So a closeted Gay kid growing up in Caracas, Managua or Corpus Christi, Texas, just got another model for living his life openly. That model is Ricky Martin. And unlike the hundreds highlighted by our global media, Martin shares a language and culture with that closeted Gay kid.
Ricky Martin has come out of the closet and a lot of the commentary around the internet and blogosphere mirrored that of Nathan Lane's anti-climactic coming out years ago. I recall a comedian at that time commenting that Lane's disclosure amounted to "tea leaves" that did not need to be read. Certainly Lane, already known for playing flamboyantly Gay characters, didn't surprise many. But we brush these statements aside at our peril: the peril of hardening ourselves to jade. In Lane's case it was a long path that included a mother who reportedly told him she preferred him dead than gay. Lane came out when he could and that decision was his to make. He hurt no one by his timing. In Martin's case he has said he came out now because he has two kids and didn't want them to live with that kind of duplicity. On a side note I'm struck at how Martin, like another prominent singer long-rumoured to be Gay, chose to be honest because of his kids. I'm speaking of the American Idol contestant-singer Clay Aiken's who came out because he didn't want to lie to his children. It's as if they reached a threshold where the containment units of the closet couldn't hold anymore. I think we can all relate to that if we're honest.
But what many comments in the English language press (and internet) don't get is how much of a big deal Ricky Martin's coming out is for Latin America and for Latino GLBT people. I can't think of a popular Latin-American entertainer with Martin's track record to come out of the closet like this.
Now that last statement might hit some people in the United States as funny.
I realize that in the United States' he's basically known for Menudo and Livin La Vida Loca. But consider for a moment that Ricky Martin has sold more than 60 million albums in his career. Ponder that figure for a minute. Those are albums. Not singles. That's more albums than Christina Aguilera's sold worldwide. This isn't "Livin' La Vida Loca" one-hit wonder territory. He's an enormous star in most other parts of the world. In 1998 Martin was chosen to sing the anthem of the FIFA World Cup. That recording of "The Cup of Life"/"La Copa de la Vida" reached number one on the charts in 60 countries. I bet you've never heard this song before. Probably because the United States, not being a soccer-playing country, wasn't among those 60 countries. But this is all to say that he was a huge star in Latin America and Europe before he appeared in the American consciousness and continues to be for rest of the world.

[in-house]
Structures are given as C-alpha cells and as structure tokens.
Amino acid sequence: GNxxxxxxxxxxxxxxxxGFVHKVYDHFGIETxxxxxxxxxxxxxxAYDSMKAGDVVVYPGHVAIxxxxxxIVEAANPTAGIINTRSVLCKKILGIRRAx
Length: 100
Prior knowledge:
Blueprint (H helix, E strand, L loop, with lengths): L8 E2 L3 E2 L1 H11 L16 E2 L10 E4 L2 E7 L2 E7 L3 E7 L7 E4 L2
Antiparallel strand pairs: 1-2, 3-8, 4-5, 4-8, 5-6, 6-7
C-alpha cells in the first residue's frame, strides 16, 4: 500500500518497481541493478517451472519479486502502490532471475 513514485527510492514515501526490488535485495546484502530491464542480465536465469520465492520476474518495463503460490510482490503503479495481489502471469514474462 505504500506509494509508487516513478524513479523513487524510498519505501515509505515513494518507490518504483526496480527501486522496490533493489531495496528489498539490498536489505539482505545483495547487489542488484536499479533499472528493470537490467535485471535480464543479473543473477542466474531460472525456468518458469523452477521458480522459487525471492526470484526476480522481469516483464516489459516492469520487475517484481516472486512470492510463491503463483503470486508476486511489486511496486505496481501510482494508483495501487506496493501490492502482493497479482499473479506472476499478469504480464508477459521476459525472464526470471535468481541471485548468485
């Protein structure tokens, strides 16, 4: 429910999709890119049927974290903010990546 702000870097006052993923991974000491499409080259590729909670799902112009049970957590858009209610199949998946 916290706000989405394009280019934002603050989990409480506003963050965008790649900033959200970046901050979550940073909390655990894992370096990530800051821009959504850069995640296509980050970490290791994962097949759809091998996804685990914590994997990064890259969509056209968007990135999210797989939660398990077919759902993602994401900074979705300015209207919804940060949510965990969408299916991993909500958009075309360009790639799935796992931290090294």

Some of the response to his coming out reveals the real ignorance on the part of many people in this country about Latino subjects or continents beyond Europe and the Northern half of North America. And it's this lacuna of understanding by many in this country that reveals to me why his coming out is so important for Gay Latinos in this culture. It provides one proud out Gay person of color for those of us who are not helped by a monoracial or monocultural understanding of what it means to be gay. This paltry understanding was brought home for me a few days ago by a comment I read in response to Martin's coming out. Something to effect that the story made him hear Lucille Ball's voice intone "Riiicky" from the old "I Love Lucy" show. The "Ricky" in that case was the character of "Ricky Ricardo", played by Desi Arnaz. Not surprising really because in my experience as a Gay Latino man, I can attest to the fact that for many non-Latino people, gay and straight a like, there are few Latinos in the popular consciousness. If you're Cuban, your very existence evinces in word-association are to Ricky Ricardo/Desi Arnaz, or the Italian-American Al Pacino's Scarface impression. It's pretty much the same for other Latino nationalities. If you're Gay and Latino the circle pretty much shrinks to nothing.